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The Lost Painting: By Jonathan Harr


In 1994 Jonathan Harr, author of ''A Civil Action," the gripping and beautifully fleshed-out investigation of chemical pollution in Woburn, published a magazine piece about the sensational discovery of a major Caravaggio painting at a Jesuit residence in Dublin.
It was a taut, immaculately paced account of the art world's most cherished fantasy: that somewhere in obscure attics and backstreet junk shops, a lost treasure lurks hidden under centuries of grime and neglect -- Cinderella in rags.
 
It is a fantasy hardly ever vindicated, but the rare once-in-a-while keeps it alive, like a poor man winning the Christmas lottery, though culturally far grander. The poor keep on ticket buying, junk-shop junkies keep on looking, and curators and restorers, armored in skepticism, never entirely seal themselves off from the itch.
Now Harr has turned his article into a book, ''The Lost Painting." It has to be said at once that it is far different from the usual such expansion (a matter of padding and stretching with additional research and more details). After nine years' work he has produced the vibrant painting to the preliminary sketch.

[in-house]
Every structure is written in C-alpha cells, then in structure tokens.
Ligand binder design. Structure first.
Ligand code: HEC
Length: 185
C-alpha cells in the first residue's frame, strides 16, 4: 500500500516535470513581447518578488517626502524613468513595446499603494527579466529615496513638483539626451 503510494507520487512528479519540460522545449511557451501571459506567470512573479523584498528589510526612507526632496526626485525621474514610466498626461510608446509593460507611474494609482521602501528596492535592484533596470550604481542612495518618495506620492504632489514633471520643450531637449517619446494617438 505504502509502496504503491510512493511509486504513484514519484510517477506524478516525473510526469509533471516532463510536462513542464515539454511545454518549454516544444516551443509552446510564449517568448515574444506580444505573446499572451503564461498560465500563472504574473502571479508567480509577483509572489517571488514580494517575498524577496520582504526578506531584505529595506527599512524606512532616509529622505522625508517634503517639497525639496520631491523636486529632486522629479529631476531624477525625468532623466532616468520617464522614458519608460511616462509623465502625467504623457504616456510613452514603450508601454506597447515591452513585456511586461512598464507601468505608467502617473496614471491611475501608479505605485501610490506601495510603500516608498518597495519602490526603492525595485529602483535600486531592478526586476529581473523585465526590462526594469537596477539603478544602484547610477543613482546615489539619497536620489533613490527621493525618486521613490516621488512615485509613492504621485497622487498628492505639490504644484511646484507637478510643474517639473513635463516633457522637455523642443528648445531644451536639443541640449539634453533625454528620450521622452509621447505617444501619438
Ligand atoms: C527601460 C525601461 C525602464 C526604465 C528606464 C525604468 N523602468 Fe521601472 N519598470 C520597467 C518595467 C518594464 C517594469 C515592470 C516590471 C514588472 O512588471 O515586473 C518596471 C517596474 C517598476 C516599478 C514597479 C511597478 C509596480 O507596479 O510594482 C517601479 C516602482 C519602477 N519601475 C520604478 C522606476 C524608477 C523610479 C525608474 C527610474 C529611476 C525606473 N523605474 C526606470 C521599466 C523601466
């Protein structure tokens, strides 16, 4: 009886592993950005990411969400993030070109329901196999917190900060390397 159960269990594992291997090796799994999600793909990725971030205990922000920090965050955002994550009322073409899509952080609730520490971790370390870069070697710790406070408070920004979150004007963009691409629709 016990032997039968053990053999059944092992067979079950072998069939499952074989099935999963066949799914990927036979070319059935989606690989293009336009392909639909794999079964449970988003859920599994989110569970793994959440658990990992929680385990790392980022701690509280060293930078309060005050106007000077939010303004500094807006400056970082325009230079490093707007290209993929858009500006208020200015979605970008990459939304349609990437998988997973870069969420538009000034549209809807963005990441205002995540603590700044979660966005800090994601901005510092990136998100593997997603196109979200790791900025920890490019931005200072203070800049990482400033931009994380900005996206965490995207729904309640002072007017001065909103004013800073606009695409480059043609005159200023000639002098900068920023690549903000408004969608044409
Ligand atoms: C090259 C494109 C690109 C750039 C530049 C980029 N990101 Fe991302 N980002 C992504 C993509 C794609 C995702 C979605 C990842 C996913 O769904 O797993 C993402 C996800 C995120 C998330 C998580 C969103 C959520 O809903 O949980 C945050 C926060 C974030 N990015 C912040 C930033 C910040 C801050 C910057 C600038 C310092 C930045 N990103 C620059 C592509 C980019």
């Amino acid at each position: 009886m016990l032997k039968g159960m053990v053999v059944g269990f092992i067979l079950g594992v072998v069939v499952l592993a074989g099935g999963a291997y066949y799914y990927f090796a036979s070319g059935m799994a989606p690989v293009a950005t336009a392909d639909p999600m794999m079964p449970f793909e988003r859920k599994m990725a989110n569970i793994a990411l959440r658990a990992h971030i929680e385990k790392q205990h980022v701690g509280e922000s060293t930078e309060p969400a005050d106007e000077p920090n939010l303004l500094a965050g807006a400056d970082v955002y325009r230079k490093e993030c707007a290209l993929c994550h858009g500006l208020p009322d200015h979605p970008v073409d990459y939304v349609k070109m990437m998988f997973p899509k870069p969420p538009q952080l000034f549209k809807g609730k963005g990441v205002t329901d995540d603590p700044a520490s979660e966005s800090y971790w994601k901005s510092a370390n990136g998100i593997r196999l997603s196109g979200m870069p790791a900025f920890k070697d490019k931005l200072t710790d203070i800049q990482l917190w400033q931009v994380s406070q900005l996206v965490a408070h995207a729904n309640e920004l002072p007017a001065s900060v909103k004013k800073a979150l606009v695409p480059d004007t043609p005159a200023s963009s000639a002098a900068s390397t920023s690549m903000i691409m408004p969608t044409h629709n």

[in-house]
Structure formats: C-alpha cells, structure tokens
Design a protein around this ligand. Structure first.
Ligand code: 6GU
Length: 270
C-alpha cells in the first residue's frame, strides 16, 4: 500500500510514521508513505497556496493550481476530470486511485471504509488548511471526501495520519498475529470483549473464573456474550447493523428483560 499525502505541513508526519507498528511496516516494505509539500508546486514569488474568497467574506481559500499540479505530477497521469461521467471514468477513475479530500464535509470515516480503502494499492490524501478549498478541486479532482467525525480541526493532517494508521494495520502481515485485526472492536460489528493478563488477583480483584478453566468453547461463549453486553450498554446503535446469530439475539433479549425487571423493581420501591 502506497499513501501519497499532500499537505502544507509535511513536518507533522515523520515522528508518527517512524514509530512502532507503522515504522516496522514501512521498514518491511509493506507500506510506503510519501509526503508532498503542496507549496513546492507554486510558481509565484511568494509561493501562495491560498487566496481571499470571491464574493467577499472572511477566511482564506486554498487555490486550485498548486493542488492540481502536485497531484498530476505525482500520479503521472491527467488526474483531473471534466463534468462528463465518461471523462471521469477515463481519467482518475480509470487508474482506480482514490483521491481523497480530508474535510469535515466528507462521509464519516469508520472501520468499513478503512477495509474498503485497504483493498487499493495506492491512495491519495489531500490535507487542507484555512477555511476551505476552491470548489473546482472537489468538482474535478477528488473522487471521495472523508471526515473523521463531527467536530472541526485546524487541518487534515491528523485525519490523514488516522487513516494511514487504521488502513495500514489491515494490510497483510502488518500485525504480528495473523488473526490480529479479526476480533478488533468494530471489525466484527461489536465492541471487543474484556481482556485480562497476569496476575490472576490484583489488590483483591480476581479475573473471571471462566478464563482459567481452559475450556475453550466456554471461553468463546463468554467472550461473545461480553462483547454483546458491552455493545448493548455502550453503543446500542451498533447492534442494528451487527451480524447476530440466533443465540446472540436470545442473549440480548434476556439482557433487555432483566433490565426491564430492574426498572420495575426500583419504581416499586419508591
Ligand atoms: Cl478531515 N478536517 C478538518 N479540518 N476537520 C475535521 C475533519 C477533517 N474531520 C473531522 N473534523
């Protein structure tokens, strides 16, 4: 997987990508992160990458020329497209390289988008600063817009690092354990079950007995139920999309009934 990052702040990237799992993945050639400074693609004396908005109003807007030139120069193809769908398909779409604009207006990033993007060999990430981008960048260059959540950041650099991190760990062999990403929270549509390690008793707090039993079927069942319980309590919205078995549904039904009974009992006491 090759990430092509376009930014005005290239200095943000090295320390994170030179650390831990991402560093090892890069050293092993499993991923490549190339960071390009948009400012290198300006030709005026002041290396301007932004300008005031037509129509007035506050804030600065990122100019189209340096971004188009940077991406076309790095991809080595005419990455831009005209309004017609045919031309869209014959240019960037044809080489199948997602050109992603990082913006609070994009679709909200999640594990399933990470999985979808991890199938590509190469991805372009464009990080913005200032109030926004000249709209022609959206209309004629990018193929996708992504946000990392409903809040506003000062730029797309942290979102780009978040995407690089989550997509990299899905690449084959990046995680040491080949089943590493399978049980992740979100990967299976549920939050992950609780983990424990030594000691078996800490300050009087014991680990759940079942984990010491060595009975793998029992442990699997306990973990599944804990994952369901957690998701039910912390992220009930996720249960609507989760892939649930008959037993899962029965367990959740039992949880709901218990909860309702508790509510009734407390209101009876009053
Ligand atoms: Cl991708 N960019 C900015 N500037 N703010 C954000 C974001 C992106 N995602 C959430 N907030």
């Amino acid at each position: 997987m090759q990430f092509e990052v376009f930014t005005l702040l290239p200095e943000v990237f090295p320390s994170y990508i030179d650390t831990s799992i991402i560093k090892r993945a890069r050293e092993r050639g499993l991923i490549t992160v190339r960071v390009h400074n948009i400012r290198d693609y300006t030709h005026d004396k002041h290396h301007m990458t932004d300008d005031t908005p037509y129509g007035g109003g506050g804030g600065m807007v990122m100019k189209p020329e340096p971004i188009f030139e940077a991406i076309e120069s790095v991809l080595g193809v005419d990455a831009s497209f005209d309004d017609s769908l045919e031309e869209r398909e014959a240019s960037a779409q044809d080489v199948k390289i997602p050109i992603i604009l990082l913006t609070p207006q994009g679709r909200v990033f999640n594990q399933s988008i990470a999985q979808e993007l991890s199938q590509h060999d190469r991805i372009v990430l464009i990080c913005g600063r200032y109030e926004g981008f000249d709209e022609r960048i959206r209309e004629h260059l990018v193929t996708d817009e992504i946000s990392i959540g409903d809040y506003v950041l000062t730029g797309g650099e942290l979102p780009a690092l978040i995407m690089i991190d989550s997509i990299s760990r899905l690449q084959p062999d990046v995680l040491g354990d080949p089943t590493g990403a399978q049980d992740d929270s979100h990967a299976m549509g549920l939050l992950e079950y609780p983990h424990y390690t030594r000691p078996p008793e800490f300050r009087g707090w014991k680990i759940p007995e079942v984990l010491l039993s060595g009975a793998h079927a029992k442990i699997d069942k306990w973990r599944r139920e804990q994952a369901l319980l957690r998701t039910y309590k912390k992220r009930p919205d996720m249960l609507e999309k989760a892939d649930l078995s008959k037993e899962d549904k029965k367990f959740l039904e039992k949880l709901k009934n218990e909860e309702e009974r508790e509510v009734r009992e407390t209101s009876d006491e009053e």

The existence of ''The Taking of Christ," which shows Jesus embraced by a bearded Judas while two Roman soldiers move in to seize him, was known to scholars. They identified a half-dozen copies but were unable to trace the original. Harr recounts two simultaneous searches. One was by Francesca Cappelletti and Laura Testa, two young Italian researchers. The other was by Sergio Benedetti, a restorer at Ireland's National Gallery and a particular student of Caravaggio.
As a favor to a gallery official, Benedetti looked over the Jesuits' fusty collection, was struck by a yellowy-brown blur that hung in the parlor, and convinced his doubtful superiors that it was worth investigating. After two years of precarious restoration -- including one near-disaster -- he had liberated the glowing original. Leading Caravaggio authorities authenticated it, thanks in part to a provenance partly unearthed by the two Italian researchers.
As in the magazine article, the search is the book's engine, but more finely and lavishly machined, and set with a gradually mounting complexity into more elegant motion. What the book gives us, though, is not just the engine but the journey, and in the largest sense of the word. Better than the quest, excellent as it is, we get the questers. (Just as in ''A Civil Action" it is the obsessed lawyer who stays with us even more than the scandal he battles.)

 

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